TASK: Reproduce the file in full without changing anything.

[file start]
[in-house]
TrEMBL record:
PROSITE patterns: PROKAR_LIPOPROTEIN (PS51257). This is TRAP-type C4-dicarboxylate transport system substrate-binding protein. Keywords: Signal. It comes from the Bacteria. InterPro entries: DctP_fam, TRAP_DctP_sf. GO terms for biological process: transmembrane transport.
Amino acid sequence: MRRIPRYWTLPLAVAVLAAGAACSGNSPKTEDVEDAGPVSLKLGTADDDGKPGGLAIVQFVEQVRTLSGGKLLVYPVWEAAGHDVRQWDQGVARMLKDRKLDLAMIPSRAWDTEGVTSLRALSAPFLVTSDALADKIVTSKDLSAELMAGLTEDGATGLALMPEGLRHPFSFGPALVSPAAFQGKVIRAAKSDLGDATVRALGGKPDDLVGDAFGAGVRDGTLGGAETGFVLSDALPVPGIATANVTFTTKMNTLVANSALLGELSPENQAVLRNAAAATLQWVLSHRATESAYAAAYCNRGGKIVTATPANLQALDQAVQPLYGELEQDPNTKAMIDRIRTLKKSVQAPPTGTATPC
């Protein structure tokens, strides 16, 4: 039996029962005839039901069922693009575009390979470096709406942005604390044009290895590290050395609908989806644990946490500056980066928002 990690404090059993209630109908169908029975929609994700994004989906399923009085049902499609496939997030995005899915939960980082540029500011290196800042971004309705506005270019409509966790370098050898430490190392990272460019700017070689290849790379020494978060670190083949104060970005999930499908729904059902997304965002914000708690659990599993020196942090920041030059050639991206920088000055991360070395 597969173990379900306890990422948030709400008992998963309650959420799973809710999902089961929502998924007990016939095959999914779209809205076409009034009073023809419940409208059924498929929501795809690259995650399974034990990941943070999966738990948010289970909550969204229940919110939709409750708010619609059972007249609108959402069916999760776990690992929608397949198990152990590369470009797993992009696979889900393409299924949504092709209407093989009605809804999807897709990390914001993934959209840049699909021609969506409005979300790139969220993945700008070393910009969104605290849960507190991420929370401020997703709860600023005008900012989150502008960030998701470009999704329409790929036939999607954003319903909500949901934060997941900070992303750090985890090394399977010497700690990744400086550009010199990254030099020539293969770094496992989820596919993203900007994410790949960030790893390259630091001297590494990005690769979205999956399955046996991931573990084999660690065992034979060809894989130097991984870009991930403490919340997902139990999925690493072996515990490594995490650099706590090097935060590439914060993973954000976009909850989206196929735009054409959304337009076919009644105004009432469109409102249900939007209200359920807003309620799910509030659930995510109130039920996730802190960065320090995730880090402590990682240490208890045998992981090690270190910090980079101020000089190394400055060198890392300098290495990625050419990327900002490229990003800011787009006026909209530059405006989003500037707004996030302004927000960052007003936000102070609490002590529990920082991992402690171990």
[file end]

[in-house]
TrEMBL record:
PROSITE patterns: PROKAR_LIPOPROTEIN (PS51257). This is TRAP-type C4-dicarboxylate transport system substrate-binding protein. Keywords: Signal. It comes from the Bacteria. InterPro entries: DctP_fam, TRAP_DctP_sf. GO terms for biological process: transmembrane transport.
Amino acid sequence: MRRIPRYWTLPLAVAVLAAGAACSGNSPKTEDVEDAGPVSLKLGTADDDGKPGGLAIVQFVEQVRTLSGGKLLVYPVWEAAGHDVRQWDQGVARMLKDRKLDLAMIPSRAWDTEGVTSLRALSAPFLVTSDALADKIVTSKDLSAELMAGLTEDGATGLALMPEGLRHPFSFGPALVSPAAFQGKVIRAAKSDLGDATVRALGGKPDDLVGDAFGAGVRDGTLGGAETGFVLSDALPVPGIATANVTFTTKMNTLVANSALLGELSPENQAVLRNAAAATLQWVLSHRATESAYAAAYCNRGGKIVTATPANLQALDQAVQPLYGELEQDPNTKAMIDRIRTLKKSVQAPPTGTATPC
């Protein structure tokens, strides 16, 4: 039996029962005839039901069922693009575009390979470096709406942005604390044009290895590290050395609908989806644990946490500056980066928002 990690404090059993209630109908169908029975929609994700994004989906399923009085049902499609496939997030995005899915939960980082540029500011290196800042971004309705506005270019409509966790370098050898430490190392990272460019700017070689290849790379020494978060670190083949104060970005999930499908729904059902997304965002914000708690659990599993020196942090920041030059050639991206920088000055991360070395 597969173990379900306890990422948030709400008992998963309650959420799973809710999902089961929502998924007990016939095959999914779209809205076409009034009073023809419940409208059924498929929501795809690259995650399974034990990941943070999966738990948010289970909550969204229940919110939709409750708010619609059972007249609108959402069916999760776990690992929608397949198990152990590369470009797993992009696979889900393409299924949504092709209407093989009605809804999807897709990390914001993934959209840049699909021609969506409005979300790139969220993945700008070393910009969104605290849960507190991420929370401020997703709860600023005008900012989150502008960030998701470009999704329409790929036939999607954003319903909500949901934060997941900070992303750090985890090394399977010497700690990744400086550009010199990254030099020539293969770094496992989820596919993203900007994410790949960030790893390259630091001297590494990005690769979205999956399955046996991931573990084999660690065992034979060809894989130097991984870009991930403490919340997902139990999925690493072996515990490594995490650099706590090097935060590439914060993973954000976009909850989206196929735009054409959304337009076919009644105004009432469109409102249900939007209200359920807003309620799910509030659930995510109130039920996730802190960065320090995730880090402590990682240490208890045998992981090690270190910090980079101020000089190394400055060198890392300098290495990625050419990327900002490229990003800011787009006026909209530059405006989003500037707004996030302004927000960052007003936000102070609490002590529990920082991992402690171990």